1

My company does not allow full-time, permanent employees to work from home. I want to work from home for the reason that my office environment is very loud and distracting. They have policies of keeping all the lights off, not allowing work from a meeting room or from the patio or other locations on the property, and in the main office area people are shouting at each other all day long. My boss has indicated openness to WFH for contractors. How do I bring up the conversation with my boss about going from full-time permanent to contract?

As a side note we sit idle most of the day and bosses know that. So it makes sense to pay me as a contractor on an hourly rate instead of paying me fixed salary even on weeks where there is only an hour or two of work. And it will free up time for me to work on my business. It's a win win.

Also I have demonstrated that I am more productive at home. A few weeks ago I became sick with a common cold. I was still feeling 90% ok, but my boss said I could WFH so I didn't infect my coworkers. I agreed and worked from home for Tuesday and Wednesday of that week then came back into the office on Thursday. My boss asked me how I was doing etc. then we discussed what I did the last two days, I said I had finished X, Y, and Z tasks and my boss was astounded that I did all of that in just 2 days. Then my boss admitted I was more productive at home than in the office. So there would be some justification to convince of WFH.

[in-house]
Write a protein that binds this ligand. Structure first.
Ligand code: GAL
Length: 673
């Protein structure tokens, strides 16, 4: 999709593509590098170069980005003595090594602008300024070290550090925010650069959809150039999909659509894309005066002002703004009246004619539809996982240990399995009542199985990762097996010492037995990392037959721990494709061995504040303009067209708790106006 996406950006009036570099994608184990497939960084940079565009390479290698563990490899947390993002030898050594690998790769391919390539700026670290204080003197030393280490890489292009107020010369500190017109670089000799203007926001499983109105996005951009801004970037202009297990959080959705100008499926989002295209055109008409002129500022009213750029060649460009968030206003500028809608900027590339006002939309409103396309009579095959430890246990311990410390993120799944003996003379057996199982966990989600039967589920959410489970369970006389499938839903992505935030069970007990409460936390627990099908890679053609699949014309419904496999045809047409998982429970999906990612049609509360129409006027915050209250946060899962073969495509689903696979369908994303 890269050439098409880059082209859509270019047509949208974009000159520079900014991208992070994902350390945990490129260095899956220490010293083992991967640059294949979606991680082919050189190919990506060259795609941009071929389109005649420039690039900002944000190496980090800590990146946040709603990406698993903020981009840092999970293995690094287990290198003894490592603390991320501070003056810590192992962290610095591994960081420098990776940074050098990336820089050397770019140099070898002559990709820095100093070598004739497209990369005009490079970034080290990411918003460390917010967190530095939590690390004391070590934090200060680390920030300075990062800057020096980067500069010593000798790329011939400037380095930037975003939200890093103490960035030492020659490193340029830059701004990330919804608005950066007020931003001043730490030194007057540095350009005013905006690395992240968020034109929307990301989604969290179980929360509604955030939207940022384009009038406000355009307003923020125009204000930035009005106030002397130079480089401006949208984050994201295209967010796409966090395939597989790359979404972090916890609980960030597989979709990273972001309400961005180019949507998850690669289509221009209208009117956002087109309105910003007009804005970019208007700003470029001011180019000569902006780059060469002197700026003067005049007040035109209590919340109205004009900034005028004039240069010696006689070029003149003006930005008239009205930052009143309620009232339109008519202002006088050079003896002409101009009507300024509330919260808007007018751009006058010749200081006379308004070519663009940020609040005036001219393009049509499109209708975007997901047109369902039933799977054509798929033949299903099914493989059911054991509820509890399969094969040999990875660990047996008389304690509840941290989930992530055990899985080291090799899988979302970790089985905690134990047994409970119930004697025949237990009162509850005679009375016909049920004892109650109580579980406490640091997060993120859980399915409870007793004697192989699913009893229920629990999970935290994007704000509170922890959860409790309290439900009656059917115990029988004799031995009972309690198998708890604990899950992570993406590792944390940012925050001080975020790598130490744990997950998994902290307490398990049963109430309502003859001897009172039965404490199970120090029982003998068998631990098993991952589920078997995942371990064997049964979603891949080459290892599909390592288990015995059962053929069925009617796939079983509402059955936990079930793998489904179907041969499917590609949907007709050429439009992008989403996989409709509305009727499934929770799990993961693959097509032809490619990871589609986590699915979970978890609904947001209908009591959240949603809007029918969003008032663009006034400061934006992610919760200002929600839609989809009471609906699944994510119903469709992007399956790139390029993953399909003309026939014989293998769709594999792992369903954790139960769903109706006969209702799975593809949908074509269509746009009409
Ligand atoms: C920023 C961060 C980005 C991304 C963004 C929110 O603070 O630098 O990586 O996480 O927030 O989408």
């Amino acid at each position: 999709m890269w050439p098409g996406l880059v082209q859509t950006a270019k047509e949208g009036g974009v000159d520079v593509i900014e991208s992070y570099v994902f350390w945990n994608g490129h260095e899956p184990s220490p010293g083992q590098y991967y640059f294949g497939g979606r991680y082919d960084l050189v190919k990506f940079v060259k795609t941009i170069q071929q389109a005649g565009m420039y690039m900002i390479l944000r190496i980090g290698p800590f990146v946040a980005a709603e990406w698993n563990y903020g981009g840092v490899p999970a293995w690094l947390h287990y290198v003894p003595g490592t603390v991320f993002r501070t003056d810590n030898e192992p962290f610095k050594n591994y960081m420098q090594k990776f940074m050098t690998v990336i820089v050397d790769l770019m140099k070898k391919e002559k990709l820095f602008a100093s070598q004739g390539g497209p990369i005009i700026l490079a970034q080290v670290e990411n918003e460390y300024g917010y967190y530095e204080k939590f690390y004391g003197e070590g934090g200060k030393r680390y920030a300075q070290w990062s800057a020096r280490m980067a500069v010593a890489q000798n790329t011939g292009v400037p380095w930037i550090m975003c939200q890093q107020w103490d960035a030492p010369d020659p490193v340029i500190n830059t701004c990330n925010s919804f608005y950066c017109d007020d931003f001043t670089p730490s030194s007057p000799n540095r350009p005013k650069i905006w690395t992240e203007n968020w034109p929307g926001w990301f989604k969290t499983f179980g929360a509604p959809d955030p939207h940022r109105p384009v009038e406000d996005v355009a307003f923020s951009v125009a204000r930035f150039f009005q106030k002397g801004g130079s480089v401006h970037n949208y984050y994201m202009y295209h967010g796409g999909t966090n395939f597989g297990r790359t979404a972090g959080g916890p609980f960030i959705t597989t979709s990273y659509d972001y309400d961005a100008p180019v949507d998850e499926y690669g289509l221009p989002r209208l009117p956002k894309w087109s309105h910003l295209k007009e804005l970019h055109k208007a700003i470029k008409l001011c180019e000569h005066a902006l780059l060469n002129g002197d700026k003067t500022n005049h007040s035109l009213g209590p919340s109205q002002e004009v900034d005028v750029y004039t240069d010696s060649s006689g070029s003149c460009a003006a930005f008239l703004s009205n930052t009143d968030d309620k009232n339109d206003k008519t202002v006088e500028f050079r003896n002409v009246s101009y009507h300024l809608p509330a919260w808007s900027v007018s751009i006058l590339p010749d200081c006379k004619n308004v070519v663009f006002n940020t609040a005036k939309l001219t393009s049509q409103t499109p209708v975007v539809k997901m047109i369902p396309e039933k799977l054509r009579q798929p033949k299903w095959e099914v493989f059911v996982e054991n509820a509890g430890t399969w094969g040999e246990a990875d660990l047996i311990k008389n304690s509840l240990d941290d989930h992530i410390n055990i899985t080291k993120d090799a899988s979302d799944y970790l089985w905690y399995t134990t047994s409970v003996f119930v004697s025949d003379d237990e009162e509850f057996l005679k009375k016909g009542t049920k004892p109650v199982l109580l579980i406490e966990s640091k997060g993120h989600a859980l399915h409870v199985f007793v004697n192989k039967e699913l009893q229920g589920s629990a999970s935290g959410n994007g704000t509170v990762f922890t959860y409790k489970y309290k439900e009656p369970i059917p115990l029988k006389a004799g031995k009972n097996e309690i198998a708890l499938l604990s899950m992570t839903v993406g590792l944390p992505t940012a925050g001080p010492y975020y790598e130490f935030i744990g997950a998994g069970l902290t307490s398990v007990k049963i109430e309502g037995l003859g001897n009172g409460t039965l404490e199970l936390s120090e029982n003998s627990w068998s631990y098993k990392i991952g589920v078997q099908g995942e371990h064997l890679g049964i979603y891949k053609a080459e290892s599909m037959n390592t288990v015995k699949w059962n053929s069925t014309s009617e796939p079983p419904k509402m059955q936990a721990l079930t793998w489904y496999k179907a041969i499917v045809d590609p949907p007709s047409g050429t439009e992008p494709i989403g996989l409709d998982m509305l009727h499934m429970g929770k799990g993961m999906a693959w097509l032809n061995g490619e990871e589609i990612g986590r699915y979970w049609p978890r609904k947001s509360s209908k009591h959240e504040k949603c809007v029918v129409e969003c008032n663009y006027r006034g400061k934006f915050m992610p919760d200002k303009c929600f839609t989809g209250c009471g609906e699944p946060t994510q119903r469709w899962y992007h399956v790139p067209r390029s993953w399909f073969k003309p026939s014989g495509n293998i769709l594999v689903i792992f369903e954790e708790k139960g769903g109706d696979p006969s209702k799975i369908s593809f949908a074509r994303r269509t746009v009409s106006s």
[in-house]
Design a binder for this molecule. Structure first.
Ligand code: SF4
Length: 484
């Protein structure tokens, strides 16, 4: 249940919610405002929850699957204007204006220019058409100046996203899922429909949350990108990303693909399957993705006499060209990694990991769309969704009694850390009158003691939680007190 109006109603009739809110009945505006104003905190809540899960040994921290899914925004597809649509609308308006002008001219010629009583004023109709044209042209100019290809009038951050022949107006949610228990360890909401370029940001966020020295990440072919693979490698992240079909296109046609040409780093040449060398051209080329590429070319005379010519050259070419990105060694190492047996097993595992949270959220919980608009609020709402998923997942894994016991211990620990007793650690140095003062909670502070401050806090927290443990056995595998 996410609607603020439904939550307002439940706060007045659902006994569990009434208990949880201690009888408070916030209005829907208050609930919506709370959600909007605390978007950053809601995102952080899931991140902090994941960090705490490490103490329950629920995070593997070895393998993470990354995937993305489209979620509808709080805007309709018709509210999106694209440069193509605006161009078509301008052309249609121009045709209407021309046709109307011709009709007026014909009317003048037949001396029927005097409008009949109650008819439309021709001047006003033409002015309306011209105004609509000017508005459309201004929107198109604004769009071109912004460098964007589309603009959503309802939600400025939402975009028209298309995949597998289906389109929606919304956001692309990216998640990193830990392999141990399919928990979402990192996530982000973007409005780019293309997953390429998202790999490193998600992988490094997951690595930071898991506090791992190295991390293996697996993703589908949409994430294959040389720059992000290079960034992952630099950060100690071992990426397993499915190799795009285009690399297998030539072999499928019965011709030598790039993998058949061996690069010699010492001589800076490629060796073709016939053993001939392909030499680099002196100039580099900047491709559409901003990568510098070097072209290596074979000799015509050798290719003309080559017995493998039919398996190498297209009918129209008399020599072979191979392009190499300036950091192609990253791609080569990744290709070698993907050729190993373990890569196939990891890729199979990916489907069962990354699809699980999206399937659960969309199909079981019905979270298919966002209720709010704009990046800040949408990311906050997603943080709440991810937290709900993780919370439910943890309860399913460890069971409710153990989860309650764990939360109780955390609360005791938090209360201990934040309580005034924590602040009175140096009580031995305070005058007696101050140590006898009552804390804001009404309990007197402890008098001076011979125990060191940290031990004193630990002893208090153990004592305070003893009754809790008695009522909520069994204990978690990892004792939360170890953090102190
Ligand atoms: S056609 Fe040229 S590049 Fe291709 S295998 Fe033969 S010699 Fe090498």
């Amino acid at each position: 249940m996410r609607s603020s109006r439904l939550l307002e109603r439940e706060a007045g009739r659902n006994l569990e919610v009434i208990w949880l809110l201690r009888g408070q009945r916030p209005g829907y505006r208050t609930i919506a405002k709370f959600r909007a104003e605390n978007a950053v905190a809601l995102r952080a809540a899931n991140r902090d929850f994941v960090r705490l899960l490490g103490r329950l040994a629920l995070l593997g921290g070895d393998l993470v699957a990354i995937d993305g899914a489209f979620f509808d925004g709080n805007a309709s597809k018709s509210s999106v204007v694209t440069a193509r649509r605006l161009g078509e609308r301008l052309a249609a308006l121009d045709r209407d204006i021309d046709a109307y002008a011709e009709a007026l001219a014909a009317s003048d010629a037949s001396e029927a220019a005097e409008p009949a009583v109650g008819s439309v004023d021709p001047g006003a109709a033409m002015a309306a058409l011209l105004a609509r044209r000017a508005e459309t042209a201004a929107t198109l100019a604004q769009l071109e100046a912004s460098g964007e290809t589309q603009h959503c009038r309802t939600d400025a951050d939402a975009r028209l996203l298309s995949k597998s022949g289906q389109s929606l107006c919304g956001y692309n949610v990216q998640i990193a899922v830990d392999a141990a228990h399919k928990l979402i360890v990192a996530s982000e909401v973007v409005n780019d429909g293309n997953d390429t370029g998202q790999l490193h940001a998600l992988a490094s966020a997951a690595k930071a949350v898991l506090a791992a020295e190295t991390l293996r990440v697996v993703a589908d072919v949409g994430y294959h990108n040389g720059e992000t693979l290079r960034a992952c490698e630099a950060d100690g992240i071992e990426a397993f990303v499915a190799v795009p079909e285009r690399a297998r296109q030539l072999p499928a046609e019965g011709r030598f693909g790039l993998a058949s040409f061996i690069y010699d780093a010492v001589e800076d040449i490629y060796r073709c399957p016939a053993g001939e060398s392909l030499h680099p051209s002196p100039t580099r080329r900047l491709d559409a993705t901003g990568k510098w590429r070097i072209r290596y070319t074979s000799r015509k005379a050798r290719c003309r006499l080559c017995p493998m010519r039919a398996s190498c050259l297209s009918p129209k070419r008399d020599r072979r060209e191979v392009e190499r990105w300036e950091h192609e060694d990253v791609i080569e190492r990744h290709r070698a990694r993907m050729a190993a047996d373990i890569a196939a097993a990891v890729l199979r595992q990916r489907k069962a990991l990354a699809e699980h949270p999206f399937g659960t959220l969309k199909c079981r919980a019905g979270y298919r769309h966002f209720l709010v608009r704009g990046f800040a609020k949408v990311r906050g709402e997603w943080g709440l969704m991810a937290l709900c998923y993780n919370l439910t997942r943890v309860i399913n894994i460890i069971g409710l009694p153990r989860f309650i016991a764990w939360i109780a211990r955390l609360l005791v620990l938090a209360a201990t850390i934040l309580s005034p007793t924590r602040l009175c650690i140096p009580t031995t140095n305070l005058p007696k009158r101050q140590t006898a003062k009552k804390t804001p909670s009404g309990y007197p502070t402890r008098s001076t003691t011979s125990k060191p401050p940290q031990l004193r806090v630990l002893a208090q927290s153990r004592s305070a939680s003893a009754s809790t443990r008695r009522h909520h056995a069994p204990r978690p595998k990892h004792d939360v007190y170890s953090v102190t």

• 2
    You already gave the main point: They will save a lot of money by paying you only for the work you do instead of for the time you sit around. Just make sure that they pay you properly, but that is most likely a different question/story. – Dirk Oct 25 '19 at 7:29
  • 1
    "My company does not allow full-time, permanent employees to work from home" Yet you were allowed to work from home for two days. Obviously the company's stance in this matter is flexible. – sf02 Oct 25 '19 at 13:43
  • @sf02 Only in extenuating circumstances. Communicable illness is considered enough. – notmySOaccount Oct 25 '19 at 19:19
2

Best answer here is just to start the conversation with your boss. You've made some good points above about why you think it would be beneficial to WFH as well as suggesting that it would be a help to the company if your salary switched to hourly.

It may be that you don't need to become a contractor as such (this has it's downsides) but a renegotiation of you contract is something you could discuss. Get it all written up formally before you start the new routine.

If your boss isn't open to changing the contract, then brush up your CV and find a new job... or start out as a contractor! To truly become a contractor, I believe you'd need to leave the company anyway (most contacts have a non-compete).

| improve this answer | |

You must log in to answer this question.

Not the answer you're looking for? Browse other questions tagged .